Announcing Botwin

Whilst keeping my eye on what's going on in .NET Core v2 I came across some planned changes for ASP.NET Core regarding the routing. I had also read this blog post from Filip about using the planned changes for microservices and a lightbulb went off in my head. I thought to myself I wonder if I could adapt the new extensions to create Nancy-esque routing. Turns out, I could!

Sample

public class ActorsModule : BotwinModule
{
    public ActorsModule()
    {
        this.Get("/", async (req, res, routeData) =>
        {
            await res.WriteAsync("Hello World!");
        });
    }
}

Whilst the extensions in the routing allowed users to create some funcs I thought to myself once you get above 3 or 4 of them you are going to want to put them in their own file which tidies things up but then you would still have to register all the routes in your application at one central location ie. in a Startup class or as part of the WebHostBuilder setup. Whilst that's ok for some I didn't like it particularly so I came up with the BotwinModule. Now I'm sure many of you who are Nancy lovers are thinking this looks exactly the same as a NancyModule and you'd be correct but sometimes you can't improve on perfection so I took what I knew from Nancy and made it work in a similar fashion. Each BotwinModule is found and each route is registered with ASP.NET Core. This is all under the hood, all the user has to do is below:

public class Startup
{
    public void ConfigureServices(IServiceCollection services)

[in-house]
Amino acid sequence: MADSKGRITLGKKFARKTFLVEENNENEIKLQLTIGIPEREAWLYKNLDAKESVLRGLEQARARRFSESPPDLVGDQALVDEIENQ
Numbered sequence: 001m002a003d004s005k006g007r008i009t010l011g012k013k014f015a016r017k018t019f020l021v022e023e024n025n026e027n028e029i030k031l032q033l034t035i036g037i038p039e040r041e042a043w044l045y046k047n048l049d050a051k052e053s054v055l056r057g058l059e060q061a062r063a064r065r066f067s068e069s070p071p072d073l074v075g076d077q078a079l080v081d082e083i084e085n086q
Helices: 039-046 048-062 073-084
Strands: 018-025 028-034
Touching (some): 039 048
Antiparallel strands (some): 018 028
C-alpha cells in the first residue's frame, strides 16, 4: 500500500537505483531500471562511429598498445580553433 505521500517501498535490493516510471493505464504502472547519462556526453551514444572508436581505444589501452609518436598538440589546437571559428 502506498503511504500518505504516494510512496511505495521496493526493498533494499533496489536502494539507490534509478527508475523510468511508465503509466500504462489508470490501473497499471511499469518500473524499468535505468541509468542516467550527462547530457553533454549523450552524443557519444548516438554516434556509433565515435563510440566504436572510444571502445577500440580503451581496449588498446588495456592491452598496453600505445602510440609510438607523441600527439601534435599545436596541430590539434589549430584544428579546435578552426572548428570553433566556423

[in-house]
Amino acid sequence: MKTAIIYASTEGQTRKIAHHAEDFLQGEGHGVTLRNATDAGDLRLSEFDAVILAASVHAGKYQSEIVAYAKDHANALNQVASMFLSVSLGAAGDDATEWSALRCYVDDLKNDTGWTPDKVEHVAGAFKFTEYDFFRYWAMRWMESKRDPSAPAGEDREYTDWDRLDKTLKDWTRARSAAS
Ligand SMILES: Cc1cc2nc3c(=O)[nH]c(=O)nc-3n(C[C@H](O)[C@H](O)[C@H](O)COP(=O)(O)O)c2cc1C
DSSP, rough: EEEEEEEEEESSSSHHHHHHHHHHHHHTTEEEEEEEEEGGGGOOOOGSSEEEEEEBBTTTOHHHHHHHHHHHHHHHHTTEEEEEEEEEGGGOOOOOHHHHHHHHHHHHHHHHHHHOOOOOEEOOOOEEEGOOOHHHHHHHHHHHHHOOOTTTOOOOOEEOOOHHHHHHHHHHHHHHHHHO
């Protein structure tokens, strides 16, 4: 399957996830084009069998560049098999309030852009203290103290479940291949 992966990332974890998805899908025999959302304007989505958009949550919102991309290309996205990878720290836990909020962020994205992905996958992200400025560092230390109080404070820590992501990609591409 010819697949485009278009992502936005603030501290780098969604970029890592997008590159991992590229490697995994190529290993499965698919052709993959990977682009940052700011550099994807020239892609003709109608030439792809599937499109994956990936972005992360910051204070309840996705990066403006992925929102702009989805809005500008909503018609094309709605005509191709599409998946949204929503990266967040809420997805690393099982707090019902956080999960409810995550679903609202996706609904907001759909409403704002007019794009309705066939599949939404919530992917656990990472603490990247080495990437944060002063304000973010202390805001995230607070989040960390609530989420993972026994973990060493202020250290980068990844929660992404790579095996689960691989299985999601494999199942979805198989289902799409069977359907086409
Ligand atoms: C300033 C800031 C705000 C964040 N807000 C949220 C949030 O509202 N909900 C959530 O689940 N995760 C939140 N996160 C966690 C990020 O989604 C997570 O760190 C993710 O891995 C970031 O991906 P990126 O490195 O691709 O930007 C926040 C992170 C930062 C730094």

{
        services.AddBotwin();
    }

    public void Configure(IApplicationBuilder app)
    {
        app.UseBotwin();
    }
}

Extensions

When I had got the initial routing complete I then started going through some simple scenarios and realised I needed to add some extensions to make usability better. At the moment this comes at a cost of dependencies and an opinionated approach.

Binding & Validating

this.Put("/actors/{id:int}", async (req, res, routeData) =>
{
    var result = req.BindAndValidate<Actor>();

    if (!result.ValidationResult.IsValid)
    {
        res.StatusCode = 422;
        await res.Negotiate(result.ValidationResult.GetFormattedErrors());
        return;
    }

    //Update the user in your database

    res.StatusCode = 204;
});

The above code uses FluentValidation under the hood and validates the incoming request body to Actor. The result of BindAndValidate is a Tuple of ValidationResult and T. At the moment the ValidationResult is from FV so that probably needs abstracting at some point however, as you can see you can check if validation is valid and if not act accordingly. In this example I return the errors from the validation result using an extension GetFormattedErrors and also use a HttpRequest extension that negotiates the result ie. if the user asked for JSON with their Accept header they get JSON, if they asked for XML or PDF they get that (as long as they implement a IResponseNegotiator). Out of the box Botwin will return JSON.

If the user doesn't want to validate incoming data but does want the body deserialized they can simply use req.Bind<Actor>().

Global Before & After Hooks

There may be circumstances where you want to check something in the request before it hits the route handler or you may want to do something after the route handler has been executed. This can be setup via options:

public void Configure(IApplicationBuilder app)
{
    app.UseBotwin(new BotwinOptions(
        async (ctx) => { await ctx.Response.WriteAsync("GlobalBefore"); return true; }, 
        async (ctx) => await ctx.Response.WriteAsync("GlobalAfter")
    ));
}